In describing embodiments of the invention, specific terminology is used for the sake of clarity. For purposes of description, each specific term is intended to at least include all technical and functional equivalents that operate in a similar manner to accomplish a similar purpose. Additionally, in some instances where a particular embodiment of the invention includes a plurality of system elements or method steps, those elements or steps may be replaced with a single element or step; likewise, a single element or step may be replaced with a plurality of elements or steps that serve the same purpose. Further, where parameters for various properties are specified herein for embodiments of the invention, those parameters can be adjusted up or down by 1/20th, 1/10th, ⅕th, ⅓rd, ½, etc., or by rounded-off approximations thereof, within the scope of the invention unless otherwise specified. Moreover, while this invention has been shown and described with references to particular embodiments thereof, those skilled in the art will understand that various substitutions and alterations in form and details may be made therein without departing from the scope of the invention; further still, other aspects, functions and advantages are also within the scope of the invention. The contents of all references, including patents and patent applications, cited throughout this application are hereby incorporated by reference in their entirety. The appropriate components and methods of those references may be selected for the invention and embodiments thereof. Still further, the components and methods identified in the Background section are integral to this disclosure and can be used in conjunction with or substituted for components and methods described elsewhere in the disclosure within the scope of the invention.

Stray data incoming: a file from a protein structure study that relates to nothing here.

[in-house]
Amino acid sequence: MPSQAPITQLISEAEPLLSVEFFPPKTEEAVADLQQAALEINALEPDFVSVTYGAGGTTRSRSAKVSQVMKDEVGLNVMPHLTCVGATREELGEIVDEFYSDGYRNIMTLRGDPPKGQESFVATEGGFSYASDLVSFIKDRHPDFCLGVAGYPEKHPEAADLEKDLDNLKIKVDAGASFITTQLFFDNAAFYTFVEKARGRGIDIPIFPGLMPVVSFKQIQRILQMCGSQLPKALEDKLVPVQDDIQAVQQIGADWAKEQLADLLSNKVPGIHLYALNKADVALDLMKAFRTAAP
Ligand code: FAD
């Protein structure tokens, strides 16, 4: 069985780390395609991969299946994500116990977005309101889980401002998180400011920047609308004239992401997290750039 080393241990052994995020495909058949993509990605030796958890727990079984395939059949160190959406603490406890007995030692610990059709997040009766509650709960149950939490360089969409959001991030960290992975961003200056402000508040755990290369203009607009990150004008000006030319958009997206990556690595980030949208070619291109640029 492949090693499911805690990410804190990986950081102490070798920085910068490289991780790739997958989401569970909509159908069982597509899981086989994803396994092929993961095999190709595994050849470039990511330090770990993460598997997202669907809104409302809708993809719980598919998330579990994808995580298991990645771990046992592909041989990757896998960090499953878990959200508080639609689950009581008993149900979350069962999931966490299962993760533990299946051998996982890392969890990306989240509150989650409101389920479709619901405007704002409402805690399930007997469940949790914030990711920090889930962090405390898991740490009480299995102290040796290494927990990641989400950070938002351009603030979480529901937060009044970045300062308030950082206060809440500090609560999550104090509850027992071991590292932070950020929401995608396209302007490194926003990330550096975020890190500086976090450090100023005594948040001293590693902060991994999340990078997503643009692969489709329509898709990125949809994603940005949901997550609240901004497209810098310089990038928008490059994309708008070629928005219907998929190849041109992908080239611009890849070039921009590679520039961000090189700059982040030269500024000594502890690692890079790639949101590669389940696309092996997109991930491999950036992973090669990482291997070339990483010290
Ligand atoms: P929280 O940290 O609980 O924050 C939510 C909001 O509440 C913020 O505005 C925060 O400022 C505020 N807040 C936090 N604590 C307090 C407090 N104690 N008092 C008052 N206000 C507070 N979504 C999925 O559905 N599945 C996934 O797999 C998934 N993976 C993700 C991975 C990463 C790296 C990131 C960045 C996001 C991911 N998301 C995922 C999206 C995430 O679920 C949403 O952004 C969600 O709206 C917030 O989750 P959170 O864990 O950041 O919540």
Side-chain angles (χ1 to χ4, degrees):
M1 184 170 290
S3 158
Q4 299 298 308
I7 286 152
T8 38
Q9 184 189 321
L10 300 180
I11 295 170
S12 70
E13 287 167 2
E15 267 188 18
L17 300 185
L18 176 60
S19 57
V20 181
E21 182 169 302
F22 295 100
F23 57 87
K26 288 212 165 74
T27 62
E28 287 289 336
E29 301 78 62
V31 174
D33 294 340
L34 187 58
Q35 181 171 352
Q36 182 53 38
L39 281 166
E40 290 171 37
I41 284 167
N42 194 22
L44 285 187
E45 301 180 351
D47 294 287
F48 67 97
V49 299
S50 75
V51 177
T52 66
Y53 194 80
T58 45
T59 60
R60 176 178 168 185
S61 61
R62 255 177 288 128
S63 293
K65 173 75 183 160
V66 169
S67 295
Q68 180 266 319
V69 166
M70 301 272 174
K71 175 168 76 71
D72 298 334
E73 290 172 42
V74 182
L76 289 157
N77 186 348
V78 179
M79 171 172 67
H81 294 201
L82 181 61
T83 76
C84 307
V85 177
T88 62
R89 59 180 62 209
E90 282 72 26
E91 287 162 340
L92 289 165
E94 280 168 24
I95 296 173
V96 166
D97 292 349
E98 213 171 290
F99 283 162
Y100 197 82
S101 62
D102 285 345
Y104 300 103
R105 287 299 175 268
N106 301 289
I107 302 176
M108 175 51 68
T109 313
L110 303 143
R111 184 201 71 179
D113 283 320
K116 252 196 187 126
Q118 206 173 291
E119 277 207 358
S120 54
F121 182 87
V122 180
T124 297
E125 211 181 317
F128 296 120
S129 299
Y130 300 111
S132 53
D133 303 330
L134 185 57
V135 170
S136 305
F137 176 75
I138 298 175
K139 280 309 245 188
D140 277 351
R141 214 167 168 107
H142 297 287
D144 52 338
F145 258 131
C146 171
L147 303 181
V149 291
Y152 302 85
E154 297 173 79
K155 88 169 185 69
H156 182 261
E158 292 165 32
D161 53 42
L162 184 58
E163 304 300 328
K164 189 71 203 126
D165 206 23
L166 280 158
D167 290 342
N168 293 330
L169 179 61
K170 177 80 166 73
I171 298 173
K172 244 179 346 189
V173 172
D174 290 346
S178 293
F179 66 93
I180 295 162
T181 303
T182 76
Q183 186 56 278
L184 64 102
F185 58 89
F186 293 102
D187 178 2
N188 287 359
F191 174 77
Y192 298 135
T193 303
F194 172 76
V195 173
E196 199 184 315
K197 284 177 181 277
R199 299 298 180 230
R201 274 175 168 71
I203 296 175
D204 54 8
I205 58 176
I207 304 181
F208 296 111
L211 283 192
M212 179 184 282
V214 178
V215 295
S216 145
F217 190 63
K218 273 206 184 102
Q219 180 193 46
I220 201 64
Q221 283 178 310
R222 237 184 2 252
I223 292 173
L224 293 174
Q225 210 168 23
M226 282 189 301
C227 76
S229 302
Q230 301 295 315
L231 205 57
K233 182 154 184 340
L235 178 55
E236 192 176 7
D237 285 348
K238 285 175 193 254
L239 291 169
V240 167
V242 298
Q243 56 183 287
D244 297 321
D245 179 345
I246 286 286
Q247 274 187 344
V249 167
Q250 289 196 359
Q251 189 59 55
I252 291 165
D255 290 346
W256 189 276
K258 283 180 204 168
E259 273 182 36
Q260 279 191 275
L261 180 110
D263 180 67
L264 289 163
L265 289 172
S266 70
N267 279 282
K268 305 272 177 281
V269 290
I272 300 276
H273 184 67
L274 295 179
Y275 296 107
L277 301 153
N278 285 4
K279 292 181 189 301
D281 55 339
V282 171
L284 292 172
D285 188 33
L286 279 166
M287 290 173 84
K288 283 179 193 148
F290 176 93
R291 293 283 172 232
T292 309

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Referenced by
Citing PatentFiling datePublication dateApplicantTitle
US8581525 *Mar 23, 2012Nov 12, 2013Massachusetts Institute Of TechnologyCompensated precessional beam extraction for cyclotrons
US20140062343 *Sep 4, 2013Mar 6, 2014Sumitomo Heavy Industries, Ltd.Cyclotron
U.S. Classification336/185, 336/208, 505/924, 505/806, 336/199, 336/180
International ClassificationH01F27/30
Cooperative ClassificationY10S505/924, Y10S505/806, H05H13/02, H05H13/00, H05H7/04
European ClassificationH05H13/02, H05H7/04, H05H13/00